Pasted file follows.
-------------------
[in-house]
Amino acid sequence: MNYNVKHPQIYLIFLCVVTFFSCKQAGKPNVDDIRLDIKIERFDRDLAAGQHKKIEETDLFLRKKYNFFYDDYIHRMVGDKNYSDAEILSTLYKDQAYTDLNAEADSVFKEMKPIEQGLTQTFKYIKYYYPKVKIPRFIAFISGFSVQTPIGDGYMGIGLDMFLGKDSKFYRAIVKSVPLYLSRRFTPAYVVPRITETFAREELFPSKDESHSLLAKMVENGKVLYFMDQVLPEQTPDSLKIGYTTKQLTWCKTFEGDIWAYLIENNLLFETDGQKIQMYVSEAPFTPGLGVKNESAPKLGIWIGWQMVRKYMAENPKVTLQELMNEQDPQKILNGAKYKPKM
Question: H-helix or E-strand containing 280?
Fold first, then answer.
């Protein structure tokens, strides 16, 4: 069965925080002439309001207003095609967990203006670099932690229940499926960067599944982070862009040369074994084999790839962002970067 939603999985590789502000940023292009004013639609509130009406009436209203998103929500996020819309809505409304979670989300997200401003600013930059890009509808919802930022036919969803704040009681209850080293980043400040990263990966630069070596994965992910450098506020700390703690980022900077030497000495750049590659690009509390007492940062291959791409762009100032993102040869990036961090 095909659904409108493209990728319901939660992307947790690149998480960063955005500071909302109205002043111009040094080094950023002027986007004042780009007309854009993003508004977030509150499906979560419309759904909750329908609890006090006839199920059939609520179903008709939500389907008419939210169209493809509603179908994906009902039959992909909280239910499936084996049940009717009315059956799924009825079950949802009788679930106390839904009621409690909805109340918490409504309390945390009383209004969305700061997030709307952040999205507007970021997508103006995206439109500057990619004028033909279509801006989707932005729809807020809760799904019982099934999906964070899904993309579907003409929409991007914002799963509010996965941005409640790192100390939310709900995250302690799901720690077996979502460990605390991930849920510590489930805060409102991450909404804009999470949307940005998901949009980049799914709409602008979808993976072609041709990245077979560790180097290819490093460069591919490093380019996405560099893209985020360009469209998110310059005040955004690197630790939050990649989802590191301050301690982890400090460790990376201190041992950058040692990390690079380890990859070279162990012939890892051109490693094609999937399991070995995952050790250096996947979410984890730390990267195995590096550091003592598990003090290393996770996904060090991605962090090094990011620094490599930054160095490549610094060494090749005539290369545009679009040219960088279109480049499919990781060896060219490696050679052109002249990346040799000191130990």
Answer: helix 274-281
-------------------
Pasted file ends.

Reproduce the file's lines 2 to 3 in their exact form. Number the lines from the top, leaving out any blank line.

Amino acid sequence: MNYNVKHPQIYLIFLCVVTFFSCKQAGKPNVDDIRLDIKIERFDRDLAAGQHKKIEETDLFLRKKYNFFYDDYIHRMVGDKNYSDAEILSTLYKDQAYTDLNAEADSVFKEMKPIEQGLTQTFKYIKYYYPKVKIPRFIAFISGFSVQTPIGDGYMGIGLDMFLGKDSKFYRAIVKSVPLYLSRRFTPAYVVPRITETFAREELFPSKDESHSLLAKMVENGKVLYFMDQVLPEQTPDSLKIGYTTKQLTWCKTFEGDIWAYLIENNLLFETDGQKIQMYVSEAPFTPGLGVKNESAPKLGIWIGWQMVRKYMAENPKVTLQELMNEQDPQKILNGAKYKPKM
Question: H-helix or E-strand containing 280?